Fee rise for police training squeaks past committee
House lawmakers narrowly approved a plan Wednesday from state Rep. Steve King, R-Grand Junction, to increase automotive registration fees to underwrite police training.
The House Finance Committee voted 6-5 to approve King’s measure, House Bill 1036, which would increase a fee on vehicle registrations that underwrites Colorado’s Peace Officer Standards and Training program from 25 cents to 60 cents.
Peace Officer Standards and Training academies teach law enforcement trainees the basics of criminal law, police procedure and other essential skills, such as the use of firearms.
King said the “minimal increase in fee” will help improve law enforcement training throughout the state.
“I hear, ‘Steve, this is the wrong time to look at a fee increase,’” King said. “In a time of fiscal stress for our state, we see an increase in violence. … I think now is the time for better trained law enforcement officers.”
Littleton Police Chief Heather Coogan said the fee increase will help ensure that training programs do not get cut as revenues allocated to police departments decrease.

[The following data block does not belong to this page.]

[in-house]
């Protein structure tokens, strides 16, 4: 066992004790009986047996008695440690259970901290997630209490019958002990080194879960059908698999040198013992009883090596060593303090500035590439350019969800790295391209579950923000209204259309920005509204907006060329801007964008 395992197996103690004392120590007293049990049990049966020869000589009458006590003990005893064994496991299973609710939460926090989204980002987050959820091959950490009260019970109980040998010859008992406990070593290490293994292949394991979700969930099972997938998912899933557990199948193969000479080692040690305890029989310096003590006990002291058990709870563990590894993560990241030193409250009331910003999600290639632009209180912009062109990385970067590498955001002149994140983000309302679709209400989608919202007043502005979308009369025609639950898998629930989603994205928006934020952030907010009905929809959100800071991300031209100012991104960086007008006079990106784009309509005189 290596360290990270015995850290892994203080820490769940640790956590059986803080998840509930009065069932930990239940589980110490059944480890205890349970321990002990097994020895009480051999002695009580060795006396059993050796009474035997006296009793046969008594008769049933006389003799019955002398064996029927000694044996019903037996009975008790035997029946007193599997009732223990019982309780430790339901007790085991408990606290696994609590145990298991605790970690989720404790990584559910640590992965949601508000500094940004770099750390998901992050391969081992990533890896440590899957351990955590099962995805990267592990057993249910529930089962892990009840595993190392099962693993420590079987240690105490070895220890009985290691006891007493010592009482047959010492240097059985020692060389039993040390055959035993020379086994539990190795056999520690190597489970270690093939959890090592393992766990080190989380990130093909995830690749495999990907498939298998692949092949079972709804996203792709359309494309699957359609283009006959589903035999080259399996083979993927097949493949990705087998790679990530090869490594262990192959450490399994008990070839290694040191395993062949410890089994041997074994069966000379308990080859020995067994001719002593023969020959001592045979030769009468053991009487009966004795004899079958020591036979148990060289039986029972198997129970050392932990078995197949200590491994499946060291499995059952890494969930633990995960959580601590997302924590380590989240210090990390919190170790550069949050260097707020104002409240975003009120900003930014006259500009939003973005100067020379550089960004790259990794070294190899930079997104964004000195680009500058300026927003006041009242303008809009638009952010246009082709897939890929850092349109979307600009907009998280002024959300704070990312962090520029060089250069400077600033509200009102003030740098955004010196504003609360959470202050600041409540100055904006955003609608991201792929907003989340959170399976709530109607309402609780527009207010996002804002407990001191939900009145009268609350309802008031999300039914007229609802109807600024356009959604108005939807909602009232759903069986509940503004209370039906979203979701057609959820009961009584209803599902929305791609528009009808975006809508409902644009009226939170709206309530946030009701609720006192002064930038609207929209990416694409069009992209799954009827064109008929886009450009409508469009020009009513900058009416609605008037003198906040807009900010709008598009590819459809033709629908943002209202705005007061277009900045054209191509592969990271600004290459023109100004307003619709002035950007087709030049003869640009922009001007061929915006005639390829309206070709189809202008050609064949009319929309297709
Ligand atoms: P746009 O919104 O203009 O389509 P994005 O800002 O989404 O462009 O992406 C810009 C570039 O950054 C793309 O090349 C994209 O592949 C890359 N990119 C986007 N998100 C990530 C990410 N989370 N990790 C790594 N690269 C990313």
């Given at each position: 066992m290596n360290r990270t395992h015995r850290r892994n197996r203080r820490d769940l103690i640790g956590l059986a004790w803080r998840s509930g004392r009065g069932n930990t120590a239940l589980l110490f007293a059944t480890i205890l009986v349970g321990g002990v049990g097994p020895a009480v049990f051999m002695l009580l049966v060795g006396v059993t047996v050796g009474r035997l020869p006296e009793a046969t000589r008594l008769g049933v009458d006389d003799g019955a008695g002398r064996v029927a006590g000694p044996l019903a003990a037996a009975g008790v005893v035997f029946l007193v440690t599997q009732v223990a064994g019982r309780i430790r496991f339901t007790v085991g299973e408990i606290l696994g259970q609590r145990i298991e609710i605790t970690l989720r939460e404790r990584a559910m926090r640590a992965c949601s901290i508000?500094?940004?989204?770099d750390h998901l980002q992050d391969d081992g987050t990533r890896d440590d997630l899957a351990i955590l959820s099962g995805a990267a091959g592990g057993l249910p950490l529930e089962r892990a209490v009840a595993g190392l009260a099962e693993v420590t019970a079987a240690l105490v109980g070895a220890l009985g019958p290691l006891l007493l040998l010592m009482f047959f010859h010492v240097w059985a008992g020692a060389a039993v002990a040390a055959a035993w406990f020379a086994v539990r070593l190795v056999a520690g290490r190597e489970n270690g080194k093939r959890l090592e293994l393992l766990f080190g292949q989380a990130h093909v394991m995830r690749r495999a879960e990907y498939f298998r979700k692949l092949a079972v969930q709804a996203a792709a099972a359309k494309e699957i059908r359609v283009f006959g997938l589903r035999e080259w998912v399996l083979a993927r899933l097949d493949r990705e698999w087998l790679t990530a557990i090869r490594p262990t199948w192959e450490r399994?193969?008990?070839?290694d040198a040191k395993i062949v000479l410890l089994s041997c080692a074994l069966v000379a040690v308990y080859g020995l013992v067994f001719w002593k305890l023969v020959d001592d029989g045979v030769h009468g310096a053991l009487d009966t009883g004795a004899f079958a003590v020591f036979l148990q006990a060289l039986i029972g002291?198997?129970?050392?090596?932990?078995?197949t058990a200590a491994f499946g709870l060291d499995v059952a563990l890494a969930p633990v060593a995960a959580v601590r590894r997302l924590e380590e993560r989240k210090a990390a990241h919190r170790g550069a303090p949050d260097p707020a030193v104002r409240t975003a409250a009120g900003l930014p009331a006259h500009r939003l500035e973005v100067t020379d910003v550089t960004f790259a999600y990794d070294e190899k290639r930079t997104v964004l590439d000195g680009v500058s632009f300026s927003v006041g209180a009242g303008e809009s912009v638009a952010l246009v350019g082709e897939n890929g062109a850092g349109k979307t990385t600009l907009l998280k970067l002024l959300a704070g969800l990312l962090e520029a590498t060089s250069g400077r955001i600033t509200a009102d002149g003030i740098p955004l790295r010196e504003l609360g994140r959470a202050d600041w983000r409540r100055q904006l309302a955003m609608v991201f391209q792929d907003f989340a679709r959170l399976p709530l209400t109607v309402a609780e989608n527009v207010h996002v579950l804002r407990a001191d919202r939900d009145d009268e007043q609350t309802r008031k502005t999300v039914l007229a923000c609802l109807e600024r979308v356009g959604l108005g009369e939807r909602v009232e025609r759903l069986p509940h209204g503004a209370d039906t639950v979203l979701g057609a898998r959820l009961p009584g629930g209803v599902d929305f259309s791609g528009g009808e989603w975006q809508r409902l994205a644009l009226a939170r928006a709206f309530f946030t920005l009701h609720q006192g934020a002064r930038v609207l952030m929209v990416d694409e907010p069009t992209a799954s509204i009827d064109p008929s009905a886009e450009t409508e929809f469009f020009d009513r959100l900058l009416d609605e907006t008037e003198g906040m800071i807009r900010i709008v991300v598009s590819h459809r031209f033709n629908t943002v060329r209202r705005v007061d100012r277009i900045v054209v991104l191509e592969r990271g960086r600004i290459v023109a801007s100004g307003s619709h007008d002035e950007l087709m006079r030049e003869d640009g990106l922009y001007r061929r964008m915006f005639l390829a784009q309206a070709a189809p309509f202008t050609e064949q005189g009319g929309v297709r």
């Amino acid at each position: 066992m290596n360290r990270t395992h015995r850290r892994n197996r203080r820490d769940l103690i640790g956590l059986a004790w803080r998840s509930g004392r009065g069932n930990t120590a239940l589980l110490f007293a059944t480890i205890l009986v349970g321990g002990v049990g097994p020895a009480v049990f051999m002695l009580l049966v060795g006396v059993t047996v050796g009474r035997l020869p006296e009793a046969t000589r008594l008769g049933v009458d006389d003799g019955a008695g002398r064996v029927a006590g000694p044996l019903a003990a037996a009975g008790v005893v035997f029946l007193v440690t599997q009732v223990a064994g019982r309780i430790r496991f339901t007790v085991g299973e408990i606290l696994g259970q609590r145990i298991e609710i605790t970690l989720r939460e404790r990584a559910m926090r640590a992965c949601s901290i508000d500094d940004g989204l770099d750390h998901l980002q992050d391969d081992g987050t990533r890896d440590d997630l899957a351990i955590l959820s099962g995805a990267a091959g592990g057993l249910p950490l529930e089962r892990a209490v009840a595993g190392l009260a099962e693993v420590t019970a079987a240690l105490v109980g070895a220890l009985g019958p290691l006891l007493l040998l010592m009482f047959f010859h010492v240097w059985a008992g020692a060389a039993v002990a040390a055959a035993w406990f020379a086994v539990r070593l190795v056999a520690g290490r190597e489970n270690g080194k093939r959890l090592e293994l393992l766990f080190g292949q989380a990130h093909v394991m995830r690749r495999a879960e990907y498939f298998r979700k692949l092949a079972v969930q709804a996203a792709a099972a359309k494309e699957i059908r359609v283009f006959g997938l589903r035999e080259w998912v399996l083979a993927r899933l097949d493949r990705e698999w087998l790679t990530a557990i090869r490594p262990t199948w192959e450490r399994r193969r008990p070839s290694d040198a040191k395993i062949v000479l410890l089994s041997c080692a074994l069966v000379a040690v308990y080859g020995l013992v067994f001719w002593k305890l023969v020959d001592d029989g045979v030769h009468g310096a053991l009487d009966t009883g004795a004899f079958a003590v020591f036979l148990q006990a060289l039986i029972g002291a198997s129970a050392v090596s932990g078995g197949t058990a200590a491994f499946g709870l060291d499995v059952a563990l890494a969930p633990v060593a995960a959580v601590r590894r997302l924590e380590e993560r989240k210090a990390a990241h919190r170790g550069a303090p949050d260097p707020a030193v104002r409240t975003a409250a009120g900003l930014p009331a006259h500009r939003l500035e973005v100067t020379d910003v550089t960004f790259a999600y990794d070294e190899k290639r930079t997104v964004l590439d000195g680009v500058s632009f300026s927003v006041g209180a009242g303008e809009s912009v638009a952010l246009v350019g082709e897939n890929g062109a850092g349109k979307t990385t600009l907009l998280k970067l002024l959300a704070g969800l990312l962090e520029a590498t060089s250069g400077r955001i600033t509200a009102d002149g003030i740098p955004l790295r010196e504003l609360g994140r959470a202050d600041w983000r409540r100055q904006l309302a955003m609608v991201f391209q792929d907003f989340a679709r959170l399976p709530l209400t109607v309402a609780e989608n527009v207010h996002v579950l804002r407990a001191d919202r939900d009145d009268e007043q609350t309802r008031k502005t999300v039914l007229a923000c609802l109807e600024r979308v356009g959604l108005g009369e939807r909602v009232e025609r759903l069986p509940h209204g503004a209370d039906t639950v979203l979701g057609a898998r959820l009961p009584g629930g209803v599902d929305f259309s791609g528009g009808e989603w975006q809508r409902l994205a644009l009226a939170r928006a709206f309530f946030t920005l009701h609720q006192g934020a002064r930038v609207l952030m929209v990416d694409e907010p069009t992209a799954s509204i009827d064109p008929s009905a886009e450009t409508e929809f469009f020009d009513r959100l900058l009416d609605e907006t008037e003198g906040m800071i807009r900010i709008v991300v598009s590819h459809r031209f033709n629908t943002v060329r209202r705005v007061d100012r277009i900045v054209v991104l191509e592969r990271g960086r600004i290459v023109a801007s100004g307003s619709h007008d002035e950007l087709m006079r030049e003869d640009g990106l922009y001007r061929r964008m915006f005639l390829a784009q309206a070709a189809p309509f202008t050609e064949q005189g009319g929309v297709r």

“Realistically when you think about the money, departments that don’t have a lot of money, the first thing that gets cut is training,” Coogan said.
She said a two-car household would pay 70 cents extra every year under King’s bill.
According to the nonpartisan Colorado Legislative Council, King’s bill would raise nearly $1.5 million a year after it came into effect in July 2009.
King’s bill, however, drew criticism from a bipartisan group of lawmakers, including Rep. John Kefalas, D-Fort Collins, to Rep. Spencer Swalm, R-Centennial.
“This is a tax. … I think we’re in a constitutional box that when we raise taxes we’re supposed to get a vote of the people,” Swalm said. “(The) program’s great, (but) I think we have a problem with the funding mechanism.”
King’s bill will next go to the House Appropriations Committee.